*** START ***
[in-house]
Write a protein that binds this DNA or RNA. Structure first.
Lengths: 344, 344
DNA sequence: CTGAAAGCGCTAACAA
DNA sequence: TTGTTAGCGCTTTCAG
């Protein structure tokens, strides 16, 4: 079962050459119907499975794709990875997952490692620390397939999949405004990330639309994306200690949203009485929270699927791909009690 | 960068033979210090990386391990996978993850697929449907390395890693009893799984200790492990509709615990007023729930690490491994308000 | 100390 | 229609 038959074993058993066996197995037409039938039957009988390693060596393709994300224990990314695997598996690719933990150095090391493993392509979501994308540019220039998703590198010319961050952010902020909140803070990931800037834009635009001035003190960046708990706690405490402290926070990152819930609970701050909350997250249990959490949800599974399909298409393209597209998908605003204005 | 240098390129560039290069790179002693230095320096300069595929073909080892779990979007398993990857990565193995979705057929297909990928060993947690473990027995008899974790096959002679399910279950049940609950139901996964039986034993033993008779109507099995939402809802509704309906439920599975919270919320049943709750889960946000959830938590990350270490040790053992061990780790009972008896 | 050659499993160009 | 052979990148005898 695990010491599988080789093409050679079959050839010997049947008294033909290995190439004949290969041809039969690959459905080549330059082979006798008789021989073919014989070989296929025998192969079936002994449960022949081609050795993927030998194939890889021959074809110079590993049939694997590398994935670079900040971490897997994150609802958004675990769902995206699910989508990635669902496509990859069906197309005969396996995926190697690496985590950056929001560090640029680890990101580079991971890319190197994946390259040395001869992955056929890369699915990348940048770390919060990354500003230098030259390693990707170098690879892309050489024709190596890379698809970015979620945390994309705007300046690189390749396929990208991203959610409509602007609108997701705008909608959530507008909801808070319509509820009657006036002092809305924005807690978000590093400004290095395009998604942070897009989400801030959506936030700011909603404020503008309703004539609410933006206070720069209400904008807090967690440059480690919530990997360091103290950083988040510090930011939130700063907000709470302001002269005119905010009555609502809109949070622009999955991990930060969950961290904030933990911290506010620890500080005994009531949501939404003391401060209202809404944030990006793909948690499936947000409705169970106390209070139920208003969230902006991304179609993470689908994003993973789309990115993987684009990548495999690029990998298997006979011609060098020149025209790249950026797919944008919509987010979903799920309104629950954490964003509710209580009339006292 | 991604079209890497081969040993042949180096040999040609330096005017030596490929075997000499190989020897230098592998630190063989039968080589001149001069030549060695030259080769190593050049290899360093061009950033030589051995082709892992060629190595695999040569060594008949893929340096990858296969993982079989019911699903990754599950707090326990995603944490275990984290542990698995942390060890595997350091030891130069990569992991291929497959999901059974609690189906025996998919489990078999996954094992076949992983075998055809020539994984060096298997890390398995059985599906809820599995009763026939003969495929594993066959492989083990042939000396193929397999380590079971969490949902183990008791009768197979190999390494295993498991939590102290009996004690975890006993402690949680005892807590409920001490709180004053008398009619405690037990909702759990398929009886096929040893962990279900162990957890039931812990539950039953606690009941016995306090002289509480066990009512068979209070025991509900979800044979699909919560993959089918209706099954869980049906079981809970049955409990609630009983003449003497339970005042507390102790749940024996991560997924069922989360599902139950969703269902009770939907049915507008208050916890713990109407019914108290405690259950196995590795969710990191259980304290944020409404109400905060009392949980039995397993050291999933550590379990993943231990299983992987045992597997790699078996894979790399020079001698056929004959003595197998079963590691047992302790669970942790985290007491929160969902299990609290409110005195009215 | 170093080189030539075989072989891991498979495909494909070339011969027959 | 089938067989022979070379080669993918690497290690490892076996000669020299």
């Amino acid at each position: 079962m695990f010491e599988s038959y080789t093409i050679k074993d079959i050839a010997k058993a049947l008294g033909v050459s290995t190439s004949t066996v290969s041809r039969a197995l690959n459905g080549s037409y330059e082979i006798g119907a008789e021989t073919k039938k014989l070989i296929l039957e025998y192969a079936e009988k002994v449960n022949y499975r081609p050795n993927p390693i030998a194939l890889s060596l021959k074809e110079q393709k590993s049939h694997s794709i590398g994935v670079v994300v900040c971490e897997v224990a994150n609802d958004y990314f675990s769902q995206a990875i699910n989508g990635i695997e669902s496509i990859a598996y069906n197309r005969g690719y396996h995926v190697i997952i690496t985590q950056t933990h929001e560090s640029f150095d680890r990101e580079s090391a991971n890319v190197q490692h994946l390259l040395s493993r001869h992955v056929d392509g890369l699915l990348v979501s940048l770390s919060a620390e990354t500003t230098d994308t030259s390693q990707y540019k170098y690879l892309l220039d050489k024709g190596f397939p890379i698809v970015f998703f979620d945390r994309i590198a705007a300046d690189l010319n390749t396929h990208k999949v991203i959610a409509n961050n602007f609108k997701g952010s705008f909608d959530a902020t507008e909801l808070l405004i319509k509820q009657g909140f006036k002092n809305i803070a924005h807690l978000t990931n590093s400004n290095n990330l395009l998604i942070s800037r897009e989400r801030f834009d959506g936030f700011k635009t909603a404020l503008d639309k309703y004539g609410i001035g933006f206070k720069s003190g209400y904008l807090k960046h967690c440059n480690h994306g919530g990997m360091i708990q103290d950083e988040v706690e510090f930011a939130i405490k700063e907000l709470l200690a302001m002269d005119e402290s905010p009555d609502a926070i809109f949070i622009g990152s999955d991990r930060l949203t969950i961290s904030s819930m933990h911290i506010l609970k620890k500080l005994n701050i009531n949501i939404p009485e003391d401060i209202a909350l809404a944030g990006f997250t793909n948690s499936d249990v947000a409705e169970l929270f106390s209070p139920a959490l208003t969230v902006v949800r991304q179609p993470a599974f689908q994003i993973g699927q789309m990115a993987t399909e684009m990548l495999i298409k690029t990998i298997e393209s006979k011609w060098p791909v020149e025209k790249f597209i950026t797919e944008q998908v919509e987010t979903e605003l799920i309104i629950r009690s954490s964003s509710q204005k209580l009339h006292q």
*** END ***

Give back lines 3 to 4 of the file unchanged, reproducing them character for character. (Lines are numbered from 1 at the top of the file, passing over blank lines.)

Lengths: 344, 344
DNA sequence: CTGAAAGCGCTAACAA